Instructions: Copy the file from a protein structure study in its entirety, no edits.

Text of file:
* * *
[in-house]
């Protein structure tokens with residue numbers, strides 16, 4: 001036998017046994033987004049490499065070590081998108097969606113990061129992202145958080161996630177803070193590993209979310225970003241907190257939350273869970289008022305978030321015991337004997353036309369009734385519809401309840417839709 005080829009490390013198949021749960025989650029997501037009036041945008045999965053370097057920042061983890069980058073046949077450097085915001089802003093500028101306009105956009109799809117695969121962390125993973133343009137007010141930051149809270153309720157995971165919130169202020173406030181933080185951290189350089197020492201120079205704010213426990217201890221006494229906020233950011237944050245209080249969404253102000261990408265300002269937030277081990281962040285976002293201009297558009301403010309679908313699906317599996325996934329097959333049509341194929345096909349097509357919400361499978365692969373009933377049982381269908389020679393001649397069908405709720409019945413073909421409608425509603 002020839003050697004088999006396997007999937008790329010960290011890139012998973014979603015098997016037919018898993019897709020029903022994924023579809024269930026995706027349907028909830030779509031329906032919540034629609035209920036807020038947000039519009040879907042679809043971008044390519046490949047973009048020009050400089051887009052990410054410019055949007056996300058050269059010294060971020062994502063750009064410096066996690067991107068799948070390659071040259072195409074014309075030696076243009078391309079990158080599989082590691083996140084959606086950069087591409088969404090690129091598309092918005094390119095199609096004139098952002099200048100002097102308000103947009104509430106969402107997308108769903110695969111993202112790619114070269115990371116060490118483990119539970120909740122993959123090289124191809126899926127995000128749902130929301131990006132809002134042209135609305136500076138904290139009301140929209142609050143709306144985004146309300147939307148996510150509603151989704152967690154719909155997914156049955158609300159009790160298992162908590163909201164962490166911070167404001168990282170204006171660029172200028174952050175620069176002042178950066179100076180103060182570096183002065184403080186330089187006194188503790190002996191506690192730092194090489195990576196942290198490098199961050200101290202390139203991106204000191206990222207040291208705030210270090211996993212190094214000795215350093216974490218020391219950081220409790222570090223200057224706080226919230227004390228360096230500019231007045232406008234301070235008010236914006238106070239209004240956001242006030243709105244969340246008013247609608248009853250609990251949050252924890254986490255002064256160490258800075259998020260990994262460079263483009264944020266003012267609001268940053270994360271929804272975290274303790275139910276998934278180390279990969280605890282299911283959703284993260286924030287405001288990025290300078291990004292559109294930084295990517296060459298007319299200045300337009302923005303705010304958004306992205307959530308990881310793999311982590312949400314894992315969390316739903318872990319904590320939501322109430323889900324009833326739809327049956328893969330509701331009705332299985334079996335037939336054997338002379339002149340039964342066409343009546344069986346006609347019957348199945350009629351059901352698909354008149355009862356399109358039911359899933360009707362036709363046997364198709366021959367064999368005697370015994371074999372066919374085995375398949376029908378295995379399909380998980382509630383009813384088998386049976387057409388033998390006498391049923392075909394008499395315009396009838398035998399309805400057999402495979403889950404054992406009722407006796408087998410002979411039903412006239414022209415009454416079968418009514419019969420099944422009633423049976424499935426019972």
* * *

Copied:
[in-house]
């Protein structure tokens with residue numbers, strides 16, 4: 001036998017046994033987004049490499065070590081998108097969606113990061129992202145958080161996630177803070193590993209979310225970003241907190257939350273869970289008022305978030321015991337004997353036309369009734385519809401309840417839709 005080829009490390013198949021749960025989650029997501037009036041945008045999965053370097057920042061983890069980058073046949077450097085915001089802003093500028101306009105956009109799809117695969121962390125993973133343009137007010141930051149809270153309720157995971165919130169202020173406030181933080185951290189350089197020492201120079205704010213426990217201890221006494229906020233950011237944050245209080249969404253102000261990408265300002269937030277081990281962040285976002293201009297558009301403010309679908313699906317599996325996934329097959333049509341194929345096909349097509357919400361499978365692969373009933377049982381269908389020679393001649397069908405709720409019945413073909421409608425509603 002020839003050697004088999006396997007999937008790329010960290011890139012998973014979603015098997016037919018898993019897709020029903022994924023579809024269930026995706027349907028909830030779509031329906032919540034629609035209920036807020038947000039519009040879907042679809043971008044390519046490949047973009048020009050400089051887009052990410054410019055949007056996300058050269059010294060971020062994502063750009064410096066996690067991107068799948070390659071040259072195409074014309075030696076243009078391309079990158080599989082590691083996140084959606086950069087591409088969404090690129091598309092918005094390119095199609096004139098952002099200048100002097102308000103947009104509430106969402107997308108769903110695969111993202112790619114070269115990371116060490118483990119539970120909740122993959123090289124191809126899926127995000128749902130929301131990006132809002134042209135609305136500076138904290139009301140929209142609050143709306144985004146309300147939307148996510150509603151989704152967690154719909155997914156049955158609300159009790160298992162908590163909201164962490166911070167404001168990282170204006171660029172200028174952050175620069176002042178950066179100076180103060182570096183002065184403080186330089187006194188503790190002996191506690192730092194090489195990576196942290198490098199961050200101290202390139203991106204000191206990222207040291208705030210270090211996993212190094214000795215350093216974490218020391219950081220409790222570090223200057224706080226919230227004390228360096230500019231007045232406008234301070235008010236914006238106070239209004240956001242006030243709105244969340246008013247609608248009853250609990251949050252924890254986490255002064256160490258800075259998020260990994262460079263483009264944020266003012267609001268940053270994360271929804272975290274303790275139910276998934278180390279990969280605890282299911283959703284993260286924030287405001288990025290300078291990004292559109294930084295990517296060459298007319299200045300337009302923005303705010304958004306992205307959530308990881310793999311982590312949400314894992315969390316739903318872990319904590320939501322109430323889900324009833326739809327049956328893969330509701331009705332299985334079996335037939336054997338002379339002149340039964342066409343009546344069986346006609347019957348199945350009629351059901352698909354008149355009862356399109358039911359899933360009707362036709363046997364198709366021959367064999368005697370015994371074999372066919374085995375398949376029908378295995379399909380998980382509630383009813384088998386049976387057409388033998390006498391049923392075909394008499395315009396009838398035998399309805400057999402495979403889950404054992406009722407006796408087998410002979411039903412006239414022209415009454416079968418009514419019969420099944422009633423049976424499935426019972």